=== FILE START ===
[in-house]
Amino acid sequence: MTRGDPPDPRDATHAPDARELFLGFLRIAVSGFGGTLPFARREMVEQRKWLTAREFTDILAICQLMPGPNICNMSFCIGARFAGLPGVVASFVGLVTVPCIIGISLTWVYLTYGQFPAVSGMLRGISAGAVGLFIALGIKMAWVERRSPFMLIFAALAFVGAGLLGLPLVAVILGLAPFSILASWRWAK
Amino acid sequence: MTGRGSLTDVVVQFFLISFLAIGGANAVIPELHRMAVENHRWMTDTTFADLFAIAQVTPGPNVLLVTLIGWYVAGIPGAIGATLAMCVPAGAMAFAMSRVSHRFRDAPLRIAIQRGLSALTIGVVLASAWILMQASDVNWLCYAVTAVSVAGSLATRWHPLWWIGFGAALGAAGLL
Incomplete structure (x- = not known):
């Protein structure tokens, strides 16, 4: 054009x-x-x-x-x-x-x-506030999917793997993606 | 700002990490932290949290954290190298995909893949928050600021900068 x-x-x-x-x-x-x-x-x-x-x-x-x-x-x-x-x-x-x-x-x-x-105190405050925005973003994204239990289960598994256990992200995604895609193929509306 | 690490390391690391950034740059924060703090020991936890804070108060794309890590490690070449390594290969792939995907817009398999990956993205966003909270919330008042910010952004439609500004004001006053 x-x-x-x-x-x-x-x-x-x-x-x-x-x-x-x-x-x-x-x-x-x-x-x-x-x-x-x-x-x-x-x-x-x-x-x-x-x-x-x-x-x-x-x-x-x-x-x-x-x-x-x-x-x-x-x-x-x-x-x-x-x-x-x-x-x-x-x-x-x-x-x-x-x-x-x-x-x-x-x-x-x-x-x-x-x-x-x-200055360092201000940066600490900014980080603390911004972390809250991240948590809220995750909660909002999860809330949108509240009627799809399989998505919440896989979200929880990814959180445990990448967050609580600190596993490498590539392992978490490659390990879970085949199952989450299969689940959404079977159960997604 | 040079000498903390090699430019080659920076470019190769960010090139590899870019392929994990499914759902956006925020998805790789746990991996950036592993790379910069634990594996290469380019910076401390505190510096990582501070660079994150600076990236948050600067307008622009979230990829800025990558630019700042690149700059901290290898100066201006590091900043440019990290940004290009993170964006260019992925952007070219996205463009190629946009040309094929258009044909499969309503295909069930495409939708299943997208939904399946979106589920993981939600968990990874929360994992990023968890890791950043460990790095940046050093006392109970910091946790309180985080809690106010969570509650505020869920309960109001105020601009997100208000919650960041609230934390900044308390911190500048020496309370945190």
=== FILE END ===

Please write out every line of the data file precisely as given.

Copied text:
[in-house]
Amino acid sequence: MTRGDPPDPRDATHAPDARELFLGFLRIAVSGFGGTLPFARREMVEQRKWLTAREFTDILAICQLMPGPNICNMSFCIGARFAGLPGVVASFVGLVTVPCIIGISLTWVYLTYGQFPAVSGMLRGISAGAVGLFIALGIKMAWVERRSPFMLIFAALAFVGAGLLGLPLVAVILGLAPFSILASWRWAK
Amino acid sequence: MTGRGSLTDVVVQFFLISFLAIGGANAVIPELHRMAVENHRWMTDTTFADLFAIAQVTPGPNVLLVTLIGWYVAGIPGAIGATLAMCVPAGAMAFAMSRVSHRFRDAPLRIAIQRGLSALTIGVVLASAWILMQASDVNWLCYAVTAVSVAGSLATRWHPLWWIGFGAALGAAGLL
Incomplete structure (x- = not known):
């Protein structure tokens, strides 16, 4: 054009x-x-x-x-x-x-x-506030999917793997993606 | 700002990490932290949290954290190298995909893949928050600021900068 x-x-x-x-x-x-x-x-x-x-x-x-x-x-x-x-x-x-x-x-x-x-105190405050925005973003994204239990289960598994256990992200995604895609193929509306 | 690490390391690391950034740059924060703090020991936890804070108060794309890590490690070449390594290969792939995907817009398999990956993205966003909270919330008042910010952004439609500004004001006053 x-x-x-x-x-x-x-x-x-x-x-x-x-x-x-x-x-x-x-x-x-x-x-x-x-x-x-x-x-x-x-x-x-x-x-x-x-x-x-x-x-x-x-x-x-x-x-x-x-x-x-x-x-x-x-x-x-x-x-x-x-x-x-x-x-x-x-x-x-x-x-x-x-x-x-x-x-x-x-x-x-x-x-x-x-x-x-x-200055360092201000940066600490900014980080603390911004972390809250991240948590809220995750909660909002999860809330949108509240009627799809399989998505919440896989979200929880990814959180445990990448967050609580600190596993490498590539392992978490490659390990879970085949199952989450299969689940959404079977159960997604 | 040079000498903390090699430019080659920076470019190769960010090139590899870019392929994990499914759902956006925020998805790789746990991996950036592993790379910069634990594996290469380019910076401390505190510096990582501070660079994150600076990236948050600067307008622009979230990829800025990558630019700042690149700059901290290898100066201006590091900043440019990290940004290009993170964006260019992925952007070219996205463009190629946009040309094929258009044909499969309503295909069930495409939708299943997208939904399946979106589920993981939600968990990874929360994992990023968890890791950043460990790095940046050093006392109970910091946790309180985080809690106010969570509650505020869920309960109001105020601009997100208000919650960041609230934390900044308390911190500048020496309370945190």